Plaintiffs presuppose incorrectly that the Civil Rights Act of 1991 applies retroactively to revive their stale Title VII claim. The 1991 Act was intended to change the rule announced in Lorance that Title VII plaintiffs may be required to challenge an employment practice upon its adoption. Congress was concerned that such a rule might require an employee to bring a charge of employment discrimination even before he had reason to believe the practice might operate to injure him. 1991 U.S.C.C.A.N. 598-99. In an attempt to do away with the need for such speculative suits, the Civil Rights Act of 1991 provides that the limitations period is triggered "on the later of the date that an unlawful employment practice occurred or the date on which a complaining party suffers an adverse effect from the practice." Id. 600. This provision is not limited to seniority systems, but applies to "other employment practices" as well. Id.

 Here, the law at the time of injury is controlling and the Civil Rights Act of 1991 may not be applied retroactively to rescue plaintiff's time-barred claim. The Second Circuit has already determined that the Act does not apply retroactively to § 1981 promotion discrimination claims under Title VII. Butts v. City of New York Dep't of Hous., 990 F.2d 1397 (2d Cir. 1993). Although the Butts decision did not specifically address gender discrimination claims brought pursuant to 42 U.S.C. § 2000e such as those complained of by plaintiffs, its reasoning is equally applicable herein. Because both the text of the 1991 Act and its legislative history are silent on the issue of retroactivity, the Butts Court turned to certain presumptions the Supreme Court has traditionally applied in the absence of congressional intent. Bradley v. Richmond School Bd., 416 U.S. 696, 40 L. Ed. 2d 476, 94 S. Ct. 2006 (1984), held that "a court is to apply the law in effect at the time it renders its decision, unless doing so would result in manifest injustice or there is statutory direction or legislative history to the contrary." Id. at 711. Contrary to Bradley's presumption of retroactivity, Bowen v. Georgetown Univ. Hosp., 488 U.S. 204, 102 L. Ed. 2d 493, 109 S. Ct. 468 (1988), held that "congressional enactments . . . will not be construed to have retroactive effect unless their language clearly requires that result." Id. at 208. While it acknowledged that the two lines of thinking co-exist in "irreconcilable contradiction" to one another, the Second Circuit found that Bowen represented the more established doctrine:


All of the circuits that have addressed the issue of which presumption ought to apply in the context of the 1991 Act have applied a presumption of prospectivity, and all have followed Bowen, except the Eleventh Circuit which ruled that the Act should be applied prospectively only under either the Bradley or the Bowen test, since it found it would be 'manifestly unjust' to the defendants to apply the Act retroactively.

 Butts, 990 F.2d at 1410. As for Bradley, the Second Circuit agreed with Justice Scalia that it was doubtful whether its presumption of retroactivity survived at all, except insofar as a special rule applicable to changes in the law after initial adjudication. Id. (citing Kaiser Aluminum & Chem. Corp. v. Bonjorno, 494 U.S. 827, 854, 108 L. Ed. 2d 842, 110 S. Ct. 1570 (1990)).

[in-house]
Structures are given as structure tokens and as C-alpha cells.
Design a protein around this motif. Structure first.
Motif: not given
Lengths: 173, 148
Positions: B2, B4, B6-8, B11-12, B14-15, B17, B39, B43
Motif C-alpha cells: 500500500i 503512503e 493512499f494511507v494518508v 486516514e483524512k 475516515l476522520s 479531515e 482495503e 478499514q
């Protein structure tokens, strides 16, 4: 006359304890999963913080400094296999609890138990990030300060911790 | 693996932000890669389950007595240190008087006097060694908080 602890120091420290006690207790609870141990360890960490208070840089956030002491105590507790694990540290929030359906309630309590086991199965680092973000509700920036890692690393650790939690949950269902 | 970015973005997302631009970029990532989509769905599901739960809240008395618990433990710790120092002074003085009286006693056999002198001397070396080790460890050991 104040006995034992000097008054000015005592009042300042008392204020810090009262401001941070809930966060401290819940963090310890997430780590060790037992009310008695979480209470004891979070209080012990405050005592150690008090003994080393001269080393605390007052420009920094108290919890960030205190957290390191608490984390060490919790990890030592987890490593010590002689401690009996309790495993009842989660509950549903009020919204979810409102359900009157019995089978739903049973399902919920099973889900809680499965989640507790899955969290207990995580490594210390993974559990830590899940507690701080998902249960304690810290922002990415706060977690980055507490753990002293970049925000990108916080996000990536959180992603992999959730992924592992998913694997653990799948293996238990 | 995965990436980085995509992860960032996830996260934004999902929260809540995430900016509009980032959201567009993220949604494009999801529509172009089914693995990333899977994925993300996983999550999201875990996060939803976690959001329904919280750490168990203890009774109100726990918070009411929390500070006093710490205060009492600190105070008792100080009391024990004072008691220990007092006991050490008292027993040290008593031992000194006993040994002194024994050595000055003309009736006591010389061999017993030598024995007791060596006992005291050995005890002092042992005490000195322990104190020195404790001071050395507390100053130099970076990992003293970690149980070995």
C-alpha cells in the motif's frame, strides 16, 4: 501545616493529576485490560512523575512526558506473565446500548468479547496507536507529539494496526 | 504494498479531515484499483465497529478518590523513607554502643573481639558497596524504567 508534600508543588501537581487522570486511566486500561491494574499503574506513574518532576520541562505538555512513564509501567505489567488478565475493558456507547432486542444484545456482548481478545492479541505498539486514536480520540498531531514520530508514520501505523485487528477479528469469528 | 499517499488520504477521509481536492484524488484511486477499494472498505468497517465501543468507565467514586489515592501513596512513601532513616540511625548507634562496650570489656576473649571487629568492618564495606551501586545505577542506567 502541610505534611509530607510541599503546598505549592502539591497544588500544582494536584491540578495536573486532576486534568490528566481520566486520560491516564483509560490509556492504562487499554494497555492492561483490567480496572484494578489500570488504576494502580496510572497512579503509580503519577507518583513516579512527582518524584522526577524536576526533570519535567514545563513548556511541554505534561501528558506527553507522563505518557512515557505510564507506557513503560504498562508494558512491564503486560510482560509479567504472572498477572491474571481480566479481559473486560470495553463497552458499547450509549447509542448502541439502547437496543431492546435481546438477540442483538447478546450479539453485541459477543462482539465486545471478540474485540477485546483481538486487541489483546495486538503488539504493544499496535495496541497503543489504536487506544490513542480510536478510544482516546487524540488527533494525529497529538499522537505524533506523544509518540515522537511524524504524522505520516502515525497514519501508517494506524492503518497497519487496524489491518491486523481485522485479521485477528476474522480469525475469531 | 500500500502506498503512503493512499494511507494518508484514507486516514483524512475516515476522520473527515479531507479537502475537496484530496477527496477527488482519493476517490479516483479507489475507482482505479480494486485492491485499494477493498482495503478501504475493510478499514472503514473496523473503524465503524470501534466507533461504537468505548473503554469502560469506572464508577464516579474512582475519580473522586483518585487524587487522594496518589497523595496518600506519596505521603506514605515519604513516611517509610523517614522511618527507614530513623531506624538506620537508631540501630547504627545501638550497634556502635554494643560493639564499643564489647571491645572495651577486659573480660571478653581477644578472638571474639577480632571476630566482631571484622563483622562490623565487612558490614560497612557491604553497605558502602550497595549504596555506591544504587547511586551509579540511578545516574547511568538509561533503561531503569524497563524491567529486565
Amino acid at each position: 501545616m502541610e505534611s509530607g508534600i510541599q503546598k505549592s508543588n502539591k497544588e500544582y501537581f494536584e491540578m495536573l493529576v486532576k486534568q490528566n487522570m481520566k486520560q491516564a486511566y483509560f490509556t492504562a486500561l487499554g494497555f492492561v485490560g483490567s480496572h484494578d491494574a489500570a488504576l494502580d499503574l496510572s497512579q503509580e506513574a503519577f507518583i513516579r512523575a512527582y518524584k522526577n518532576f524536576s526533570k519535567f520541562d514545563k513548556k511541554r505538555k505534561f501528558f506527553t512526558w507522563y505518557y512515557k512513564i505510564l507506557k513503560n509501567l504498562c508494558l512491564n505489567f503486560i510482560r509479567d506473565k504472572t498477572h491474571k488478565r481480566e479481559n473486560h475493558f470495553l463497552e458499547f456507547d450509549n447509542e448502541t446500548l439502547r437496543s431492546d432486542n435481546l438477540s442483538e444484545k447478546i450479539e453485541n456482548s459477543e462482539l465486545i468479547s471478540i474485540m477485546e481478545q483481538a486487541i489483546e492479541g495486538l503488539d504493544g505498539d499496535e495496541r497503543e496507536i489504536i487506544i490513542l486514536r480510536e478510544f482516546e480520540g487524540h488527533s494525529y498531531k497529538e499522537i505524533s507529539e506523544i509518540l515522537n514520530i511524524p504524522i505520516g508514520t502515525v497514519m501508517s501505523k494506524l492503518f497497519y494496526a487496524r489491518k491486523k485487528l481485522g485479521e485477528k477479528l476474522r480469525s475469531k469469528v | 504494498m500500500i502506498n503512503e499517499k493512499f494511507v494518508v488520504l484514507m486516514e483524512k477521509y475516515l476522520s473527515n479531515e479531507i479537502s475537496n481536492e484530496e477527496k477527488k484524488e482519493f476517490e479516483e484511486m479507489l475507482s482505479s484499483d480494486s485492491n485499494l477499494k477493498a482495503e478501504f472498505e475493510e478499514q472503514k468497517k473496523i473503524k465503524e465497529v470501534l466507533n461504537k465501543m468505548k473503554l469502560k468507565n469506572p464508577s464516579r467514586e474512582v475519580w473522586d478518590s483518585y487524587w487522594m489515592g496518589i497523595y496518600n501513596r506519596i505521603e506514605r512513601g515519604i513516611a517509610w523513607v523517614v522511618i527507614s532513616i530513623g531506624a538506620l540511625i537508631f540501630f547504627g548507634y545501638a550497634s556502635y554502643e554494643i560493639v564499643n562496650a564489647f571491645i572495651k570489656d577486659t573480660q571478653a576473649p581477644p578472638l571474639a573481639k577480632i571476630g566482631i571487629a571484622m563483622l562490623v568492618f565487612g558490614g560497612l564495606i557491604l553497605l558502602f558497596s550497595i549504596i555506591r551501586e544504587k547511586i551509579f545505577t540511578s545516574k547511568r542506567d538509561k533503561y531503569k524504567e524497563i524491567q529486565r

Applying the reasoning of the Butts decision to the case at bar, this Court declines to apply the Civil Rights of 1991 retroactively to permit plaintiffs to rescue their claim under § 2000e. The Act and its legislative history are devoid of any suggestion that its provisions were to be given retroactive effect and this case was not yet pending before the District Court when the statute was enacted. Thus, there is no compelling reason to abandon the well-established presumption of prospectivity in the instant case. Indeed, other courts faced with a similar quandary in the wake of Butts have reached a like conclusion. See Finkel v. New York City Hous. Auth., 1993 U.S. Dist. LEXIS 4263, 1993 WL 113313 at *1 (E.D.N.Y. 1993) (rejecting plaintiff's motion to amend complaint brought pursuant to § 2000e to add claims under the 1991 Act because Act only to be applied prospectively); see also Wisdom v. Intrepid Sea-Air-Space Museum, 993 F.2d 5 (2d Cir. 1993) (1991 Act did not apply retroactively to claim pending at time of its enactment); Cornett v. Bank of Cal. Int'l, 1993 U.S. Dist. LEXIS 8855 at *4-5 (S.D.N.Y. 1993) (same).

 In any event, even if the 1991 Act were applied retroactively, plaintiffs' claim would still be time-barred. The Act provides that the limitations period begins to run on the later of the date of the occurrence of the unlawful practice or the date of injury. Here, the allegedly discriminatory practice is the application of the break-in-service rules to reduce the pension benefits of returning female teachers. As alleged by plaintiffs, the consequences of the rule are immediate: the teacher need not wait until retirement to suffer injury in the form of reduced benefits; she is injured from the date of her return to teaching by virtue of the contributions extracted from her biweekly paycheck. Thus, even if the 1991 Act is applied retroactively, the statute of limitations began running as to each of the plaintiffs' claims as soon as she returned to teaching and was placed in an inferior tier of the retirement system. As all of the plaintiffs named herein returned to teaching during the 1970s, their claims are now time-barred.


 Based on the foregoing discussion, defendant's motion to dismiss the complaint pursuant to Fed. R. Civ. P. 12(b)(6) must be and hereby is granted without prejudice.


 Thomas C. Platt

 Chief Judge, U.S.D.C.

 Dated: Uniondale, New York

 September 28, 1993